Flanagan claims that [eudaimonia.sup.Buddha] can be understood based on this metaphysics. Instead of focusing on the essential component of our existence, we must give equal care and concern to all (sentient) beings. [Flourishing.sup.Buddha] must thus be understood in terms of living and being in social relations. (For Buddhist metaphysics and ethics, see Chapters 4 & 5.) Given that [eudaimonia.sup.Buddha] is a consequence of a naturalistic metaphysics, Flanagan thinks that his account of [eudaimonia.sup.Buddha] is without hocus pocus and, thus, naturalistic. As a result, analytic philosophers and scientific naturalists can accept it.

I think that it is a worthy aim to present a naturalistic view of [eudaimonia.sup.Buddha]. If the Buddhist path is to be recommended to analytic philosophers and scientific naturalists, it must be able to be naturalistically conceived. However, is Flanagan engaged in the task of describing the naturalistic core of Buddhism or is he engaged in a revisionist project of fundamentally changing the character of Buddhism?

To see a tension behind this question, consider the work of Dogen, the thirteenth-century Japanese Zen Buddhist. Dogen emphasised living-and-being here and now and criticised those who think of [eudaimonia.sup.Buddha] as a state which transcends the currently unfolding processes and events. There is a sense in which Dogen can be understood as having provided a naturalised Buddhism. This doesn't mean, however, that he removed nirvana, rebirth and a karmic system from Buddhism. Instead, by presenting a phenomenological account of [eudaimonia.sup.Buddha], Dogen reconceived these notions in terms that are friendly to the naturalist. For example, in the Shoji fascicle of his Shobogenzo, he talks about nirvana and rebirth in this way:
   Only when you regard [literally, put in mind] birth-and-death just
   as nirvana and you do not avoid it as birth-and-death and you don't
   seek it as nirvana, are you free from birth-and-death. (my
   translation)


Super-naturalistic metaphysics of nirvana and rebirth (or birth-and-death) don't play any role in Dogen's Zen.

Now, by naturalising nirvana and rebirth (rather than discarding them), Dogen is naturalising the Four Noble Truths. He is naturalistically characterising suffering and an escape from suffering. Dogen's naturalistic Buddhism is a result of his attempt to understand what the Buddha meant by the Four Noble Truths. As mentioned earlier, central to Buddhism are the Four Noble Truths. This is something that Flanagan acknowledges. What he seems to have failed to recognise, however, is that they are also central to the debates within the Buddhist tradition. All Buddhists may accept what the Buddha said when he taught the Four Noble Truths. They disagree about what the Buddha meant, however. For some Buddhists, [nirvana.sup.supernatural], [rebirth.sup.supernatural] and so on constitute the Four Noble Truths (thus Four Noble [Truths.sup.supernatural]). An acceptance of the Four Noble [Truths.sup.naturalised] is therefore not 'theologically' innocent. Despite his repeated declarations to the contrary, Flanagan is engaging in doctrinal disputes. Flanagan may think that he is describing the naturalistic components of Buddhism. However, in presenting a naturalistic view of the Four Noble Truths, resulting in [eudaimonia.sup.naturalised], he has essentially engaged in a revisionist project of presenting [Buddhism.sup.Flanagan].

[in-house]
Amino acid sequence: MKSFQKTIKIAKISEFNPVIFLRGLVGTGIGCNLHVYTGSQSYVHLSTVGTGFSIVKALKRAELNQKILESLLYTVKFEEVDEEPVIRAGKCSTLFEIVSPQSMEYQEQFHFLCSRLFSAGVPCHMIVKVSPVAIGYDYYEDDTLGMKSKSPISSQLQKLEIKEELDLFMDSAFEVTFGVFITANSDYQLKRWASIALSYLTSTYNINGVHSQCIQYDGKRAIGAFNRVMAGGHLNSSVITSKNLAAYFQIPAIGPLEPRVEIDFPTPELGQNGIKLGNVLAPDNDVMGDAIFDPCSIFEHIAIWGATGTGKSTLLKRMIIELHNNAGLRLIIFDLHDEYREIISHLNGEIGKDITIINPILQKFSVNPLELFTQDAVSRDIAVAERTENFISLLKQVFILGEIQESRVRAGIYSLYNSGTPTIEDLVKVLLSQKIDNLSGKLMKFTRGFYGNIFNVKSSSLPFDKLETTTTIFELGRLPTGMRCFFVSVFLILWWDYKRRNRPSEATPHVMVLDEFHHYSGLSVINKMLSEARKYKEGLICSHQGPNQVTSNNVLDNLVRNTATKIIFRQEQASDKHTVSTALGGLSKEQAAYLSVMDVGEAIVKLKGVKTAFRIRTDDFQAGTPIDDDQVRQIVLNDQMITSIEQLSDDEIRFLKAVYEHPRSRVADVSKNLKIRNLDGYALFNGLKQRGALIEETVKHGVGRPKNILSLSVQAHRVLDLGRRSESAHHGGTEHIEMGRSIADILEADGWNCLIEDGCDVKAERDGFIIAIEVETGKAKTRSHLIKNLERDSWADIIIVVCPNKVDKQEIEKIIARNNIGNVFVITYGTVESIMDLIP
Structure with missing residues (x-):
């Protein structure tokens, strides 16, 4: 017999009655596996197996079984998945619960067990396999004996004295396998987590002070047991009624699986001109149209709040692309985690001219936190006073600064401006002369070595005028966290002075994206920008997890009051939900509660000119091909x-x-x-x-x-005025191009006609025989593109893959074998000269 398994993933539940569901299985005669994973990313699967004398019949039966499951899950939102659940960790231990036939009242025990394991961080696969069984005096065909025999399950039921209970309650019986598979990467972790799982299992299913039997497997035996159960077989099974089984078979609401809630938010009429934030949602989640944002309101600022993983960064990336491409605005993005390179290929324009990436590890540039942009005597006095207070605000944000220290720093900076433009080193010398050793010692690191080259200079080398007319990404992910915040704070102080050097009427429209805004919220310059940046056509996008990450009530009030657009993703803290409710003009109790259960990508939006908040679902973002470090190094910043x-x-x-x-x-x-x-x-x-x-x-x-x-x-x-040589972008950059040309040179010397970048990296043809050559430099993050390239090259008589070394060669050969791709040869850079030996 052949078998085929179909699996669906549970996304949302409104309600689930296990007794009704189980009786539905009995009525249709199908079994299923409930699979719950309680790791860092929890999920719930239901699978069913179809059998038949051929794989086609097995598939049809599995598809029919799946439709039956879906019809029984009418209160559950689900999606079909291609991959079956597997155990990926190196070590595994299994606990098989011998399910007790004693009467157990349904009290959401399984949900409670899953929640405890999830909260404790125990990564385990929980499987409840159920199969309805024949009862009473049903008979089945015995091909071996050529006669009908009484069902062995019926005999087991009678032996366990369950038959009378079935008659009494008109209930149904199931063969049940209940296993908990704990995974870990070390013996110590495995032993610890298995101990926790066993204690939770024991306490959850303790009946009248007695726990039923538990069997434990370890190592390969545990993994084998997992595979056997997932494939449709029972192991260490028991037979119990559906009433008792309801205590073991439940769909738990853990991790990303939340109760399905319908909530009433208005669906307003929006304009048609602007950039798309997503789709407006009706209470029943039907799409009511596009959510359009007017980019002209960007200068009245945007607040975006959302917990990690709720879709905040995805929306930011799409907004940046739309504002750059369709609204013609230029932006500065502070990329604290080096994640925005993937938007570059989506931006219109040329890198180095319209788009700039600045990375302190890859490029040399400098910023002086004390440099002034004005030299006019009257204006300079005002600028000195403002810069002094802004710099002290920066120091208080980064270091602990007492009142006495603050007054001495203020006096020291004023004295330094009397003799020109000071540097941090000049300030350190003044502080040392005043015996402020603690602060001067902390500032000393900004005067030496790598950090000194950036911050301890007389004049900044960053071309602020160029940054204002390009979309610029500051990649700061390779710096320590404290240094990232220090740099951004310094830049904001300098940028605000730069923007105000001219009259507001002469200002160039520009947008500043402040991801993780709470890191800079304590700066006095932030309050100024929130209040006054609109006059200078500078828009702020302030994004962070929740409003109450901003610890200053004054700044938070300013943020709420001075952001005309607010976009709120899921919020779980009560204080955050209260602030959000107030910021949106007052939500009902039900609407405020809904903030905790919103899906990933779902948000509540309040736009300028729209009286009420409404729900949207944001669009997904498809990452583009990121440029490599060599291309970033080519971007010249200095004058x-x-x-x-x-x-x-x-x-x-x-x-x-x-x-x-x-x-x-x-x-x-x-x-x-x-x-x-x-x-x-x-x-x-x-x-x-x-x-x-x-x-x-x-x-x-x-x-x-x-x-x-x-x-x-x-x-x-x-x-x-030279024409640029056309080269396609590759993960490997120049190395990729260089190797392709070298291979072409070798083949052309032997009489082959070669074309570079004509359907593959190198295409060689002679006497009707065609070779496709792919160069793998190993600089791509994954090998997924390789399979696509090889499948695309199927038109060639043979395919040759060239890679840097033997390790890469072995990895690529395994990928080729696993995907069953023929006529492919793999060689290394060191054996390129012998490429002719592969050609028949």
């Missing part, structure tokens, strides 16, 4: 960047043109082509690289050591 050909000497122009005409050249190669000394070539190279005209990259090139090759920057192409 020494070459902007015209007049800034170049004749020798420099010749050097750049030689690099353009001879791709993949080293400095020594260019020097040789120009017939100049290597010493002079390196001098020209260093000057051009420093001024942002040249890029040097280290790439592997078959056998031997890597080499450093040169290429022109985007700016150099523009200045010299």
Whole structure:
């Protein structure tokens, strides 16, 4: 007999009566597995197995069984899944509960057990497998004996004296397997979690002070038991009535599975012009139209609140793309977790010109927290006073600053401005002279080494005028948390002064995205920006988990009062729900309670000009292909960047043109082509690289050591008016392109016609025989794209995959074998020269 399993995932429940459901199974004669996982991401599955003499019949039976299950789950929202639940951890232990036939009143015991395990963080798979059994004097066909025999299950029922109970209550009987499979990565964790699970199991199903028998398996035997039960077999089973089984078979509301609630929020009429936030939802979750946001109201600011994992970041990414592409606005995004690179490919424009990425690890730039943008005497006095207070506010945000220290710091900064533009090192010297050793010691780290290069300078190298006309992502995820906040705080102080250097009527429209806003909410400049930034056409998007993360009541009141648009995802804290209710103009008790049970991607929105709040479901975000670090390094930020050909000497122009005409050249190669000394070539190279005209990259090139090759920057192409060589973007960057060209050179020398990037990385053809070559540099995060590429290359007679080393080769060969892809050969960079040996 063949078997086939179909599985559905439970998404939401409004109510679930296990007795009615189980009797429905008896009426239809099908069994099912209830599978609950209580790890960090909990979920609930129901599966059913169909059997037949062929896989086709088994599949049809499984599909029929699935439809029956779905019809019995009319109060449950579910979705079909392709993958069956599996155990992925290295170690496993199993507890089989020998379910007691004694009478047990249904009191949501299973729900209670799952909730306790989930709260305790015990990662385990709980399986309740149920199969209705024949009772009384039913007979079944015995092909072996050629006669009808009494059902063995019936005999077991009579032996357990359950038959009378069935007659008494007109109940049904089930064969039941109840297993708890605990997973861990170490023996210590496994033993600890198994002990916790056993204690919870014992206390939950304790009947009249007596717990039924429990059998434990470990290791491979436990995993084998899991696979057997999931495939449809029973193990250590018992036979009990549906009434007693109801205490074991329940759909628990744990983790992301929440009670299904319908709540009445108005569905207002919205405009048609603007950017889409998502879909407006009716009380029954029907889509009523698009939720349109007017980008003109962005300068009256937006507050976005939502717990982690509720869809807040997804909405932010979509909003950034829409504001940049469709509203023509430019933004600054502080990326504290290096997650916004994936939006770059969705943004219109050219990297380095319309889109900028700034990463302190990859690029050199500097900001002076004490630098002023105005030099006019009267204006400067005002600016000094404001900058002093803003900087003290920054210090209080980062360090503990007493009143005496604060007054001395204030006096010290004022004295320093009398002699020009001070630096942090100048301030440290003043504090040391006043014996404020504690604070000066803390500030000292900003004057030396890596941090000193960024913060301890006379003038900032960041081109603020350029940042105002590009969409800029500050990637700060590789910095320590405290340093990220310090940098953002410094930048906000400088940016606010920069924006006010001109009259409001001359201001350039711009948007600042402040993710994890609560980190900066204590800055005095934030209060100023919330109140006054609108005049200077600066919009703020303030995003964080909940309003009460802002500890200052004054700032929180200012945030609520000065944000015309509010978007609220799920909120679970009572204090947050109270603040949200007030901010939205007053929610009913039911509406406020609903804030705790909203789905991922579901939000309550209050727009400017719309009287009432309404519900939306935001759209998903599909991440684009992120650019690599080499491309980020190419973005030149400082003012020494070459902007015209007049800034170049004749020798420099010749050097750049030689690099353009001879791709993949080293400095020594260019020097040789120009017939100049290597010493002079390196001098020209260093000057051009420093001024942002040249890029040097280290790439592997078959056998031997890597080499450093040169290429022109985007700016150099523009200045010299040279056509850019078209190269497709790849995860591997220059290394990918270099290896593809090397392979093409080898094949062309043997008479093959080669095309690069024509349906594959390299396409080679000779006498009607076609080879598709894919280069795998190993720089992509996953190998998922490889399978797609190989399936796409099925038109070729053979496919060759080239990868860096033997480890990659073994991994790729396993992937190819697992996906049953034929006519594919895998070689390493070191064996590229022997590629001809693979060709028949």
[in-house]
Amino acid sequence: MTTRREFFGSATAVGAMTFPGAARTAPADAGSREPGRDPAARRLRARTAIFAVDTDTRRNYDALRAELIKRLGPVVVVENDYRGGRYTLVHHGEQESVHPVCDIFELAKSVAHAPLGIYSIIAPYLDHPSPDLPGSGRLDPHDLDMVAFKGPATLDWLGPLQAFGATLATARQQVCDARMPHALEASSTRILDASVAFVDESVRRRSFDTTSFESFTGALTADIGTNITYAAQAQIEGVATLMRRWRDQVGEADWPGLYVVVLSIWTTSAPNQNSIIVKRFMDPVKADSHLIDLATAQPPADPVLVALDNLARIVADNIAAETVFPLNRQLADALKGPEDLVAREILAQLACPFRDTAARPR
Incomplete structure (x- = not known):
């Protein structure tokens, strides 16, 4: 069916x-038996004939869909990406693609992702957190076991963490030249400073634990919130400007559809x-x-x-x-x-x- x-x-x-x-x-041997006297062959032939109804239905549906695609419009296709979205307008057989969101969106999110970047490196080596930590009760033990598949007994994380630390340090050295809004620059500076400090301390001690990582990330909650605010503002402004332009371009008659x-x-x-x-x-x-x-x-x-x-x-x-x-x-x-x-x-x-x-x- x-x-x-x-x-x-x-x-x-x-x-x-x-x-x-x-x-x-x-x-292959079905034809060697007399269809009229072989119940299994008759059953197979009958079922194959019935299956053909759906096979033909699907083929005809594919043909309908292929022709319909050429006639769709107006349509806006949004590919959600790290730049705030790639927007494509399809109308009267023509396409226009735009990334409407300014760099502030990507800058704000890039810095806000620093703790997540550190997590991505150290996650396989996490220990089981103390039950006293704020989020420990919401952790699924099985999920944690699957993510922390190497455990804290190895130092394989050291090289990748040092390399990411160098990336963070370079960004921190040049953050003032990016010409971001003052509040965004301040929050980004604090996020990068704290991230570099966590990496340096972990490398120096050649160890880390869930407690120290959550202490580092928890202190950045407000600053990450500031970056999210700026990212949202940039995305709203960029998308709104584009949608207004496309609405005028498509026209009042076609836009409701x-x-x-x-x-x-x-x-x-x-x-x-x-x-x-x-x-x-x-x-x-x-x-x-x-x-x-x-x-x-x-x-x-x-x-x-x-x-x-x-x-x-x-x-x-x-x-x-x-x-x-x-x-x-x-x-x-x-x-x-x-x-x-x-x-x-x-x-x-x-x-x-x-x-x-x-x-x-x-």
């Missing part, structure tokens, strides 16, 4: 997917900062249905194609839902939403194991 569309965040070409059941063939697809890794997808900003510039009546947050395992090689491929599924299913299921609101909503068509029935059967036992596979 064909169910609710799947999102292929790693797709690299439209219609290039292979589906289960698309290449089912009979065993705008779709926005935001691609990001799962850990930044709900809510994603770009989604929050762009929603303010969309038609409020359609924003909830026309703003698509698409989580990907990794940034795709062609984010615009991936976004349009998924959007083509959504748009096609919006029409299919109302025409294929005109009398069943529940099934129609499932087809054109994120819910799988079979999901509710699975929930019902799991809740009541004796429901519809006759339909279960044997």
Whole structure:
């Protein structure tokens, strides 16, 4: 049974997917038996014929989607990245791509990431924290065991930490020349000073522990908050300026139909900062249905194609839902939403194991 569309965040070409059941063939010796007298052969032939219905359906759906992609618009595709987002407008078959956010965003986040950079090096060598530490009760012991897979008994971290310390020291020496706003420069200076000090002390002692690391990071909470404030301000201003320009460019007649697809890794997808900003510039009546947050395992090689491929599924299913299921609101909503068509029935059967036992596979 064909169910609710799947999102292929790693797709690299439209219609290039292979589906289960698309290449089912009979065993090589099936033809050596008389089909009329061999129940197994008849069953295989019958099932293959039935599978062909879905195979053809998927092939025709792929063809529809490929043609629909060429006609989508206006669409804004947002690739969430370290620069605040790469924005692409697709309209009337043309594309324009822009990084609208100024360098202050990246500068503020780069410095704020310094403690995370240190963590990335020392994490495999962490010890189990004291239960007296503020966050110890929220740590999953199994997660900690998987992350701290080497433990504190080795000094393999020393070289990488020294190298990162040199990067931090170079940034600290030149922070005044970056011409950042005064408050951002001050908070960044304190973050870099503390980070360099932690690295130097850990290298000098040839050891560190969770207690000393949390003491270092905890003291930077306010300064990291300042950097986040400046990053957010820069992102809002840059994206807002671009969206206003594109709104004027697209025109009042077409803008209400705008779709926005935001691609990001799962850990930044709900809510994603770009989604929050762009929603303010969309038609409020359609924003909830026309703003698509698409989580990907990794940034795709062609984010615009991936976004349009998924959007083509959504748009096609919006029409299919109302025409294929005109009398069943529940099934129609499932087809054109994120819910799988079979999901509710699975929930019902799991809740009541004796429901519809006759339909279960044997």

In the Preface, Flanagan writes:
   Once in Korea I was told on arrival that a professor friend has
   warned that I would be speaking on "Buddhaganism"--Flanagan's
   interpretation of Buddhism. This is not a bad way to think about my
   opinionated interpretation and examination of Buddhist philosophy
   and psychology offered here. (xiii)


I think that Flanagan has provided not just his interpretation of Buddhism, but [Buddhism.sup.Flanagan] as a rival to other Buddhisms. Just like [Buddhism.sup.Dogen], [Buddhism.sup.Flanagan] emphasises this-worldly phenomena. As a naturalistic thinker myself, I find [Buddhism.sup.Flanagan] interesting. The problem is that Flanagan doesn't think that he is presenting [Buddhism.sup.Flanagan]. He keeps claiming throughout the book (as well as in conversation) that he is not engaged with Buddhist disputes. If he wishes to avoid any doctrinal dispute, there is a way of doing so. In naturalising the Four Noble Truths, however, Flanagan cannot be neutral on the central doctrinal disputes. If his aim is to present [Buddhism.sup.Flanagan], Flanagan needs to come clean and present himself as such. As it stands, he is presenting [Buddhism.sup.Flanagan] while he claims to be doing otherwise. In my opinion, Flanagan cannot have his cake and eat it too without at least acknowledging that he is doing just that.

Koji Tanaka

University of Auckland
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Author:Tanaka, Koji
Publication:Philosophy in Review
Article Type:Book review
Date:Aug 1, 2013
Words:1588